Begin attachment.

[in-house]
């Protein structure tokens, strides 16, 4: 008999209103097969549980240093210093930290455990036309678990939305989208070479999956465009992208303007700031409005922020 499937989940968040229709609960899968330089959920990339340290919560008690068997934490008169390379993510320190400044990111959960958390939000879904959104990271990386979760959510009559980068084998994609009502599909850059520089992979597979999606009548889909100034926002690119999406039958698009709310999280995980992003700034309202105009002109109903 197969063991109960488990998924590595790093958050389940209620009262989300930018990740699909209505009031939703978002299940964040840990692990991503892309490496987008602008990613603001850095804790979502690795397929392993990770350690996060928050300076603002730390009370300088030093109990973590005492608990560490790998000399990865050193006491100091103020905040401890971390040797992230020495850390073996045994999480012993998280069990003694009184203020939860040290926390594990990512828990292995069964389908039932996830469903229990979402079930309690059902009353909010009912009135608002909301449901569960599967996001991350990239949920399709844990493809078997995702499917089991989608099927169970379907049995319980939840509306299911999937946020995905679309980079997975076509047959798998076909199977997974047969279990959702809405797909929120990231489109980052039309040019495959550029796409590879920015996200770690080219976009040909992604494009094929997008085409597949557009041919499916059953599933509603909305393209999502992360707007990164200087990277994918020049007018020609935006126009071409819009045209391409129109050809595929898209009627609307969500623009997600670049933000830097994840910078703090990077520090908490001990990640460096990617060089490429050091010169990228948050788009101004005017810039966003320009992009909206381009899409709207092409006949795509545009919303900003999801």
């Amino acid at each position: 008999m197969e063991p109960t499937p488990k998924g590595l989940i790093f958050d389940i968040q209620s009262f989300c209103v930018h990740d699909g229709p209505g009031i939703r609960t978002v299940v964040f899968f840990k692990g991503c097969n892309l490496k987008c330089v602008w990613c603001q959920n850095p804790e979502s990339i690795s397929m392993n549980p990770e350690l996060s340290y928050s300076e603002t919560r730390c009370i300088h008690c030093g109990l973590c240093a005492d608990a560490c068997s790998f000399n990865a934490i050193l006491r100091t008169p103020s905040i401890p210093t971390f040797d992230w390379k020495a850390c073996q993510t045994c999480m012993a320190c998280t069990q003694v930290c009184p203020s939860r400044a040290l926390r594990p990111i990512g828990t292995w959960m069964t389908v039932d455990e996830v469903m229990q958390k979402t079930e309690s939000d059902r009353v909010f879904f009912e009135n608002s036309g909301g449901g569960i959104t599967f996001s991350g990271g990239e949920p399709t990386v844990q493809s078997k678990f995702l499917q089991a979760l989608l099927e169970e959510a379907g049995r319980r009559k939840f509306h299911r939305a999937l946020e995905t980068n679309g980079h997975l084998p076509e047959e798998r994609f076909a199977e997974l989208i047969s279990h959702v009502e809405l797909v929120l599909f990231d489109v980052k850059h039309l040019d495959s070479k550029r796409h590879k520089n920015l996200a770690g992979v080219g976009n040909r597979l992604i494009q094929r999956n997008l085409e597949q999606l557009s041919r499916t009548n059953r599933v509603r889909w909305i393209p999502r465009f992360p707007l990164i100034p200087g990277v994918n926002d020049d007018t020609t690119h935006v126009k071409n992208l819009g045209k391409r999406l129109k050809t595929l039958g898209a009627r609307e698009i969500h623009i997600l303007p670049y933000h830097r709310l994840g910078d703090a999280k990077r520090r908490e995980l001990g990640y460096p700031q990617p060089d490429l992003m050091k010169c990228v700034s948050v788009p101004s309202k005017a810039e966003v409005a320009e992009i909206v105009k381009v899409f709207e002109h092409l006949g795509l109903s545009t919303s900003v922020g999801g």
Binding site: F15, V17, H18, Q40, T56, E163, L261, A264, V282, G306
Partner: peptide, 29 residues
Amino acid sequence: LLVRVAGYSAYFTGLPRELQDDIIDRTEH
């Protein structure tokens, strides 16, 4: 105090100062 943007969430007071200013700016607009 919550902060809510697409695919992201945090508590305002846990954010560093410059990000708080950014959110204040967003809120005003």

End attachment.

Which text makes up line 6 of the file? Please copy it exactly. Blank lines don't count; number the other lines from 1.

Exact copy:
Amino acid sequence: LLVRVAGYSAYFTGLPRELQDDIIDRTEH